Oil held near $20 a barrel as Saudi Aramco’s output surged above 12 million barrels a day, but Russia said it would refrain from further production hikes.
Crude futures in New York were lower on Wednesday, following a record decline in the first quarter.
While state-run Aramco’s oil supply has surpassed 12 million barrels a day and is ticking higher, Russia said it won’t lift output as it’s not profitable to do so, according to a government official familiar with the country’s plans.
President Trump has said the US will meet with Saudi Arabia and Russia in an attempt to bolster prices.
The market is grappling with a bumper oversupply, while demand is set to fall by as much as 30 million barrels a day in April, according to an executive at the world’s largest independent oil trader.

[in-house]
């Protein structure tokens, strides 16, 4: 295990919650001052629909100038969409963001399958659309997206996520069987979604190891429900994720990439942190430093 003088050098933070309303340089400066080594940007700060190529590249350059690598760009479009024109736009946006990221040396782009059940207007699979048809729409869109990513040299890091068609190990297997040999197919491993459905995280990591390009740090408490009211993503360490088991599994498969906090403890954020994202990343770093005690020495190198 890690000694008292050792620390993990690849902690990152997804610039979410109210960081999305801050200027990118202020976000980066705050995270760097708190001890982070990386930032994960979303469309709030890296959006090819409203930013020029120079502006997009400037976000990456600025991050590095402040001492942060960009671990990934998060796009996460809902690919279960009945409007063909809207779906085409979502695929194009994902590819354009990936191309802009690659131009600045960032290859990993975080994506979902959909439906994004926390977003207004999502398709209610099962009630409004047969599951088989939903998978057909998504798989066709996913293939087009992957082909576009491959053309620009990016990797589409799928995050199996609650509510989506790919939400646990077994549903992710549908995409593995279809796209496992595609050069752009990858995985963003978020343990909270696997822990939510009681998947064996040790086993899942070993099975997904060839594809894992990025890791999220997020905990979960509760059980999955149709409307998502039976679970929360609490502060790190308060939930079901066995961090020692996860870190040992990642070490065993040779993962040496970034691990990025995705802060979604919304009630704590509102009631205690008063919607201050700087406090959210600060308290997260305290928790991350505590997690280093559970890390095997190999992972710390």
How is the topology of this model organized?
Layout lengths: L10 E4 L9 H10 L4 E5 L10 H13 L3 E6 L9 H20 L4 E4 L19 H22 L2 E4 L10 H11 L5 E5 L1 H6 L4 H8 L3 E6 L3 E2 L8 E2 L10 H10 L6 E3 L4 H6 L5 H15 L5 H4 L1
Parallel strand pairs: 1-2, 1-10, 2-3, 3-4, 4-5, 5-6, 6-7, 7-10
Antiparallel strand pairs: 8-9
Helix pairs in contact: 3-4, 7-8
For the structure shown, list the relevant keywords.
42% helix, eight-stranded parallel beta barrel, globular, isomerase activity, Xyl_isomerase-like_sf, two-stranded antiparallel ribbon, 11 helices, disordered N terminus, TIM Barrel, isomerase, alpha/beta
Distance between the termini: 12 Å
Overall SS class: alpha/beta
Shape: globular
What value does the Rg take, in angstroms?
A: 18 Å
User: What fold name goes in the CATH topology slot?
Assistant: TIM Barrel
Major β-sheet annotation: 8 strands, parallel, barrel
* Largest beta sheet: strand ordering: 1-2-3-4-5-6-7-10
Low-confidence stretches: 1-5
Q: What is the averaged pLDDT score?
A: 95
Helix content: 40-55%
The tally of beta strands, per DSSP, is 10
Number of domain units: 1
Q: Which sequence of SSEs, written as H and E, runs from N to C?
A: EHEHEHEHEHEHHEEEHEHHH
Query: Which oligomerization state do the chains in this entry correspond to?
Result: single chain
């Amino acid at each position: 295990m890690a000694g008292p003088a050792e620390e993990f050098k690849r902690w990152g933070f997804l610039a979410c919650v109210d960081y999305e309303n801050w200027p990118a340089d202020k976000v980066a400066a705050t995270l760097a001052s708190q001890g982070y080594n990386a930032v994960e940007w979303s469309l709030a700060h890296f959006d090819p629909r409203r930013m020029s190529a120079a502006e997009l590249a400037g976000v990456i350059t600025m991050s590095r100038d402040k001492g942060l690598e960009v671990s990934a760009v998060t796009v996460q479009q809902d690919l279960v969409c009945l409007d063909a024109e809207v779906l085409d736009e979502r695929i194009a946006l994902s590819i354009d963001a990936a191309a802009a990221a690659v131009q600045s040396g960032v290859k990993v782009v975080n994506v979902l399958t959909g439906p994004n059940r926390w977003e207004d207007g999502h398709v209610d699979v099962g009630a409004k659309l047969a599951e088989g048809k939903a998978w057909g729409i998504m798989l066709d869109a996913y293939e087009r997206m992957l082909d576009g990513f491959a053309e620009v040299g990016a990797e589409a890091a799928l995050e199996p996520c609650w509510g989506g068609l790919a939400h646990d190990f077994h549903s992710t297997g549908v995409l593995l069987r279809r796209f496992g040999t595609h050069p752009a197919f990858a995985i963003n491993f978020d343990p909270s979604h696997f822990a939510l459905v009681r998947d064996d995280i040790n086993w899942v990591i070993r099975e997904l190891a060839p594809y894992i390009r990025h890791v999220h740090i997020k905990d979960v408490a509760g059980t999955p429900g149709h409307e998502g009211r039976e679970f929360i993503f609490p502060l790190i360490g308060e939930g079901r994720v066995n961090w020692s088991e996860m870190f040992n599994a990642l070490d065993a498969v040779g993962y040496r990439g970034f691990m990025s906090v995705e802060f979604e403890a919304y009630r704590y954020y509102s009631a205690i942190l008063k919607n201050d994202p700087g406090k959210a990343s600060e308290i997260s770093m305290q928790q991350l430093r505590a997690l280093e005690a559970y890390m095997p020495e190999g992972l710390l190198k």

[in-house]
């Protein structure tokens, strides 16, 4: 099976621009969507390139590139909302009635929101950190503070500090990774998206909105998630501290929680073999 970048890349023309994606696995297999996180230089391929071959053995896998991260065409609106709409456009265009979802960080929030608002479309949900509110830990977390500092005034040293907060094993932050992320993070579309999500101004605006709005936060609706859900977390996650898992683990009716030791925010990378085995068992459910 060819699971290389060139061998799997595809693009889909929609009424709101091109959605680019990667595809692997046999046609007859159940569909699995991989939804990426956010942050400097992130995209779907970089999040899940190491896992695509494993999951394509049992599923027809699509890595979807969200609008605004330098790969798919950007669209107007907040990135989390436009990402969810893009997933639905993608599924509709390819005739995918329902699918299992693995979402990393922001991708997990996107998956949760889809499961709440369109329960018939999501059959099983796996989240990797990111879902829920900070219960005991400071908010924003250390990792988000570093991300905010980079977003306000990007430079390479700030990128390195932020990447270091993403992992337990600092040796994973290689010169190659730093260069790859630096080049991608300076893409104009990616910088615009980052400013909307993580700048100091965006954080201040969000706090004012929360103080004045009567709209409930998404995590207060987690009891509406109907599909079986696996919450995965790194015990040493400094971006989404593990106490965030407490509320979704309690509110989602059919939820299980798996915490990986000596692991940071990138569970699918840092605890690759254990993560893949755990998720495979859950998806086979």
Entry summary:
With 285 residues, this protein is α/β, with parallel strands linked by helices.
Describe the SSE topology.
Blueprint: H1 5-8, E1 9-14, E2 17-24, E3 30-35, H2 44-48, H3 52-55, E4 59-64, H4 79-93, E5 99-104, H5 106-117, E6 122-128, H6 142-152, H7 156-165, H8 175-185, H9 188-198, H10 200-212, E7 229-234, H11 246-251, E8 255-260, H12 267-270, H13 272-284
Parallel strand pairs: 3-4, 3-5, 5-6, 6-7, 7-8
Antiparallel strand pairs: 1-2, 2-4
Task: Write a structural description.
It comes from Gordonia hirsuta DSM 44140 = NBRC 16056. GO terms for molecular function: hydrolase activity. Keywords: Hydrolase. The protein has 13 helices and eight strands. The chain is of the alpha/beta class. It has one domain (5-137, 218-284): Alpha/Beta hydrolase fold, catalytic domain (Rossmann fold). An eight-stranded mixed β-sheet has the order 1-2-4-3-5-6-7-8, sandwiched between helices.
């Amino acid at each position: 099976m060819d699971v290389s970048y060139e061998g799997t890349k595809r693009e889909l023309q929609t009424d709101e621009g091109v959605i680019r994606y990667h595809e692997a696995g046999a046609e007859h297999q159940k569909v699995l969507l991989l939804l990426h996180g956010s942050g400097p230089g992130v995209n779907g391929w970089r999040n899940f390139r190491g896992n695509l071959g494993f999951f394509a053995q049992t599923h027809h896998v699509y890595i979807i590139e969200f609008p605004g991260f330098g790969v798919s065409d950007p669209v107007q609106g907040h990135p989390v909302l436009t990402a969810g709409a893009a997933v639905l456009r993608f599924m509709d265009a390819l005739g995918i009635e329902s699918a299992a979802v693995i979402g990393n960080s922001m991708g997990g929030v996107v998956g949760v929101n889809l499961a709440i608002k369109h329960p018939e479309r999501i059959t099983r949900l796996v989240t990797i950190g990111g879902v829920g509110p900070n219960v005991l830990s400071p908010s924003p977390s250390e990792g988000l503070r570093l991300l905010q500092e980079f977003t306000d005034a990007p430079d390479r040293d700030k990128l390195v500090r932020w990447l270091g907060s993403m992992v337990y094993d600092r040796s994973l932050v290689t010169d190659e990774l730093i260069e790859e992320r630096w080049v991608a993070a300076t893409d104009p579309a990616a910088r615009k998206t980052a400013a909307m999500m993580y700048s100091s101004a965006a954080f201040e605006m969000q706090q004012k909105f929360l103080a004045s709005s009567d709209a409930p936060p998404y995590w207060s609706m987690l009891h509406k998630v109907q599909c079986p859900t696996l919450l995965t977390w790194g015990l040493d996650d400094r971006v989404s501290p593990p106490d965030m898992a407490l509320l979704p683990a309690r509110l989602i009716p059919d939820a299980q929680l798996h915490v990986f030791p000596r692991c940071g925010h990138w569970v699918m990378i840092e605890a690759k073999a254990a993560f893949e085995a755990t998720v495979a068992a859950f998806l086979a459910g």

Any agreement to cut output would likely be too late and would fall short of the loss in consumption, according to Goldman Sachs Group Inc.
Industry data signaled that US oil stockpiles are set for their biggest weekly increase since 2017.
“I don’t think they’re going to come to the table for talks just yet, because for both sides, it would require a significant step-down,” Amrita Sen, chief oil analyst at Energy Aspects said in a Bloomberg TV interview. “I do think both Russia and Saudi Arabia will be forced to cut back production, not because there’s a deal or they’re talking, but because of market forces.”
West Texas Intermediate lost 21 cents to $20.27 a barrel as of 10.35am in London
Brent crude for June settlement fell 4.8 per cent to $25.09
Dated Brent, the benchmark for two-thirds of the world’s real oil supply, was assessed at $17.675 on Tuesday, down 11.5 cents from Monday when it was already the lowest price since 2002